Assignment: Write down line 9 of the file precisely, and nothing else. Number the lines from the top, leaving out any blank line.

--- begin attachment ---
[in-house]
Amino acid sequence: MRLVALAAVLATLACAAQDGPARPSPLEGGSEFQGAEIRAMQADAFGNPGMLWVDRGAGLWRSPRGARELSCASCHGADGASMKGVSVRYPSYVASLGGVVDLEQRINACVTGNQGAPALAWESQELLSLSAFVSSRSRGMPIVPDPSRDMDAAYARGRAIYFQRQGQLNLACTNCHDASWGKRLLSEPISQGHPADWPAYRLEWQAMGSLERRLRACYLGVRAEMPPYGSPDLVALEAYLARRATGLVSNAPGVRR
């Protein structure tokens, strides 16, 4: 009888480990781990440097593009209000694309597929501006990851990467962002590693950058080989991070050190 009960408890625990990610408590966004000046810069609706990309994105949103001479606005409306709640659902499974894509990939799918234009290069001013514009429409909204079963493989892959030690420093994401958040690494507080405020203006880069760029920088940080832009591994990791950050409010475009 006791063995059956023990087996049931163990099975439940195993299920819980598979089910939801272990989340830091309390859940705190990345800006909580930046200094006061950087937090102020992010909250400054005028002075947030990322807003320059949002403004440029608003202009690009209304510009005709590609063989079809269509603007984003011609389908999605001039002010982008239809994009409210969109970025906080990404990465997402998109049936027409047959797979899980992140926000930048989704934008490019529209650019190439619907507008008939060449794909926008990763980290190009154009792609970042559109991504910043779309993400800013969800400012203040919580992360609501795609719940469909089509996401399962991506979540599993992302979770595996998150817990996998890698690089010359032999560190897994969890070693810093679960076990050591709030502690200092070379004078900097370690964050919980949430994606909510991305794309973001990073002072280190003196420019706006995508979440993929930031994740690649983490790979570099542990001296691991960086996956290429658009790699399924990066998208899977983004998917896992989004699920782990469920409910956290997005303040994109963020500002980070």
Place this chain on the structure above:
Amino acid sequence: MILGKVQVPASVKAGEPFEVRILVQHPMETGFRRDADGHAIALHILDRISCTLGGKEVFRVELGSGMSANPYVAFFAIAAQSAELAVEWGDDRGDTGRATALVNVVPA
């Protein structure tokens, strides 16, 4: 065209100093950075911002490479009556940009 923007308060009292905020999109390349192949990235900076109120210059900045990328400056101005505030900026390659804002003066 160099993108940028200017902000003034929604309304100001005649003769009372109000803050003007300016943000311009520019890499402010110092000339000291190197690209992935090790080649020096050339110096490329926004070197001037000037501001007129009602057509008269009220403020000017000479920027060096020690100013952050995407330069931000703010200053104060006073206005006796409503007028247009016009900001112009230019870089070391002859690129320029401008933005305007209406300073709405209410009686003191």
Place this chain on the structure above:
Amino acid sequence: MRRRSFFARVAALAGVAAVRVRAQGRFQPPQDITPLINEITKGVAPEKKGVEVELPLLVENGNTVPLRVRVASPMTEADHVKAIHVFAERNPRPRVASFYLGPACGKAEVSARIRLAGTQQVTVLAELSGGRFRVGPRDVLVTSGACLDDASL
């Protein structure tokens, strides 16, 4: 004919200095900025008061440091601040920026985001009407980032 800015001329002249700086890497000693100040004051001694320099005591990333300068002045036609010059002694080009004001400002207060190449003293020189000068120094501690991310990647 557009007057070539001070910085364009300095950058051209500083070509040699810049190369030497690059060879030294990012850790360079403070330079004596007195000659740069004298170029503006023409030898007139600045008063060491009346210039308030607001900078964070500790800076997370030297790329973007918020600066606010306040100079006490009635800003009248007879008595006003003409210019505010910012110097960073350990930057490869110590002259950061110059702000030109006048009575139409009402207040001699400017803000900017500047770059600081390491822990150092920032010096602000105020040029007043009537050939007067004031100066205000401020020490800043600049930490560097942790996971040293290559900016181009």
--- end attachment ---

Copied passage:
């Protein structure tokens, strides 16, 4: 004919200095900025008061440091601040920026985001009407980032 800015001329002249700086890497000693100040004051001694320099005591990333300068002045036609010059002694080009004001400002207060190449003293020189000068120094501690991310990647 557009007057070539001070910085364009300095950058051209500083070509040699810049190369030497690059060879030294990012850790360079403070330079004596007195000659740069004298170029503006023409030898007139600045008063060491009346210039308030607001900078964070500790800076997370030297790329973007918020600066606010306040100079006490009635800003009248007879008595006003003409210019505010910012110097960073350990930057490869110590002259950061110059702000030109006048009575139409009402207040001699400017803000900017500047770059600081390491822990150092920032010096602000105020040029007043009537050939007067004031100066205000401020020490800043600049930490560097942790996971040293290559900016181009």